Saturday, June 6, 2009

Hark, Hear the Bells

Published in Prime Time, a section of the Lincoln Journal-Star, January 29, 2008
Copyright Lee Enterprises, Inc. Jan 29, 2008. Used with permission.

Gramercy Hill Bell Choir keeps music ringing

There's nothing quite like the music of a bell choir. And there are few bell choirs like this one.
For about 20 years the bell choir at Gramercy Hill Retirement Community has delighted audiences, playing primarily for local senior care facilities. But its performance venues have included some glitzy locations as well, such as the Governor's Mansion and Omaha's Orpheum Theater.

Fourteen women make up the current bell choir, said director Patty Carlson. One group reads music and plays traditional bell choir arrangements in harmony.

The other group uses a method called "direct cue," in which the director points to the individuals when it's their turn to ring. With direct cue, the choir plays the melody line only and is usually accompanied by recorded music. This method works well for those who never learned to read music or those who can no longer see well enough to follow the notes, Carlson said.

While most bell choirs stand, the Gramercy group plays seated at a long table. Some members use walkers. One uses a wheelchair. One needs a white cane to find her way to the table and watches carefully to see when the director points to her, because she can see only shadows.

The group plays mostly '40s and '50s hits, folk songs, hymns, patriotic numbers and Christmas carols. "I try to find music they're familiar with," Carlson said.

The bell choir was started in 1988 by Nancy Tinean, who was then the activity director at Gramercy Hill. Residents helped raise money for the bells through craft sales and donations.
Nancy Nemec became activity director in 1989 and led the bell choir until 2000. It was "uncanny," she recalls, how important the bell choir was to its members, something you can't really understand unless you're involved.

"There's something about music that brings people together, and there's something about a bell choir that's different because of the interdependence," she said. "It's like every person is a key on the piano, and if one of the keys is missing, you can't make music. In a band, everybody plays all the notes, and if something's gone, you just kind of go on. In a chorus, it all still happens, even when someone's missing. But in a bell choir, because no one else is going to play your note, it's just missing."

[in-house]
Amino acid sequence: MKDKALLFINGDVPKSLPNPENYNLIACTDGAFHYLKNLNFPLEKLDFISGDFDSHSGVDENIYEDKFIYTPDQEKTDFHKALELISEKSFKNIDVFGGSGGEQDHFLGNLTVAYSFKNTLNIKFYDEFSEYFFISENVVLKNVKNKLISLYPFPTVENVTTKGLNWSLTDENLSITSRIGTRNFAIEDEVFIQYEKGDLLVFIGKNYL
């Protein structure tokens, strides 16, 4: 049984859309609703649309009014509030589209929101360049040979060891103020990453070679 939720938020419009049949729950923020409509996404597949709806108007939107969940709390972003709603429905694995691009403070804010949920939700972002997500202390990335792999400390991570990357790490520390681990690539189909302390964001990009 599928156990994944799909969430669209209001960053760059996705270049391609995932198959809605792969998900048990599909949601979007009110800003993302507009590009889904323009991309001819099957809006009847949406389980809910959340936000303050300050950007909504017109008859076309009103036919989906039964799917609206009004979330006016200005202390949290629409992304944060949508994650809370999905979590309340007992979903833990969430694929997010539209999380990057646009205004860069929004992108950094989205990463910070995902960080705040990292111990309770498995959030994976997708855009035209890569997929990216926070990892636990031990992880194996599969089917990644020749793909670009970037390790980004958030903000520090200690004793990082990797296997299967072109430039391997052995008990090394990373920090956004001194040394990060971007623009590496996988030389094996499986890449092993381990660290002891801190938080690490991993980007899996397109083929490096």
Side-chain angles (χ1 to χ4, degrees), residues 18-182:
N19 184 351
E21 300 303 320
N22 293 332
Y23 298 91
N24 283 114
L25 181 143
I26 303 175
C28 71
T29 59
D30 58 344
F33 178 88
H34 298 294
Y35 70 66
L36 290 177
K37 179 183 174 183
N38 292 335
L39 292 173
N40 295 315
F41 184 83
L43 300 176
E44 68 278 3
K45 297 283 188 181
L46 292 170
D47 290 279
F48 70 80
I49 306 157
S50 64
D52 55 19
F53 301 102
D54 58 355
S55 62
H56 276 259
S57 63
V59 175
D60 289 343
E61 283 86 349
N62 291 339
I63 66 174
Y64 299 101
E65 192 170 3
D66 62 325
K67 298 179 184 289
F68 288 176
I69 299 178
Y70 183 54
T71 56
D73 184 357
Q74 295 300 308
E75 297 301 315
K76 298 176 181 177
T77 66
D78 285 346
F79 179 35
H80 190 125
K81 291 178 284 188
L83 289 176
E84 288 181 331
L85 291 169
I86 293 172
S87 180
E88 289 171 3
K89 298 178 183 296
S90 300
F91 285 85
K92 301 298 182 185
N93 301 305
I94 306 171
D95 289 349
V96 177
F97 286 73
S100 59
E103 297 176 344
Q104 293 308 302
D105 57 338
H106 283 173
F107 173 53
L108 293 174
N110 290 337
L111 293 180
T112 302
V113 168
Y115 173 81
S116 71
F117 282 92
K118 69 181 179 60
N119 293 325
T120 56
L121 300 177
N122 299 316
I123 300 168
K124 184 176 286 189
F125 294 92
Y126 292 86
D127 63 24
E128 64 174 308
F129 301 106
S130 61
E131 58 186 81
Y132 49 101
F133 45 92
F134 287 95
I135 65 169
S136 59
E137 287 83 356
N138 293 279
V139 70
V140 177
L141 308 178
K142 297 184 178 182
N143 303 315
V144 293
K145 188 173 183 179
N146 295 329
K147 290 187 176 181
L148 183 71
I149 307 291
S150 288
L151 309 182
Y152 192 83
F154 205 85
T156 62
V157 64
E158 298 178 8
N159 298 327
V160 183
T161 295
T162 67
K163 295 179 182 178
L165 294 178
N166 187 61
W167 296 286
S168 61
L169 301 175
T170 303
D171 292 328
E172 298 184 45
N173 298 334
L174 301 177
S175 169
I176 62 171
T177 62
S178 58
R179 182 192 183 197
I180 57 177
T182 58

Nemec recalls how the choir traveled a hundred-mile radius around Lincoln, playing for churches, parties and other gatherings as well as senior care facilities. One Christmas they performed 13 times. They were the featured choir for the American Guild of English Handbell Ringers national convention, where they played on stage at the Orpheum, using the direct cue method accompanied by grand piano. Nemec remembers turning around and seeing the audience in tears, visibly moved by what the group was doing.

The bell choir allows seniors to continue making music, Nemec said. "Your voice cracks, your fingers won't play a trumpet anymore, you try to play the piano and it's hard, but this let people play into their late 90s without a problem," she said.

Some members would be aging to the point where they did very little, Nemec said, but they still played their bells. A group like this gives people a reason to get out of their rooms, a reason to get together with others, a reason to get dressed up and go out and perform.

At 96, Mary Ann Hill can no longer play the piano, but she enjoys working together with others in the bell choir to create beautiful music. She's played in both the traditional and the direct cue choir for six years. "It's relaxing to me," she said. "I can just let loose."

"I think it's good for us older people, to keep the cobwebs out," said Margaret Bullickson, 83, who has played in the traditional bell choir for three years. Although she doesn't have any musical background and can't remember even hearing a bell choir before she moved to Gramercy Hill, she found it easy to learn to read the music because each individual's notes are marked. She appreciates the fellowship with other members and the music itself. Sometimes she comes early to listen to the cued group practice. And it's always a good feeling to hear the audience applaud and express their appreciation.

Maxine Wolf, 86, said the most satisfying audiences are the Alzheimer's patients. She recalls playing for the Alzheimer's section at the Arbors. When they played the traditional hymns and familiar old songs such as "Take Me Out to the Ball Game," the residents began singing along. "It seemed to bring back memories for them," she said.

Choir members agree the best part of being in a choir is the fellowship with other members. Director Patty Carlson enjoys the camaraderie as much as the members do. "I've never met a more delightful group of people to work with," she said. "Music is such an individual thing, and it's such a joy to share my love of music with them."

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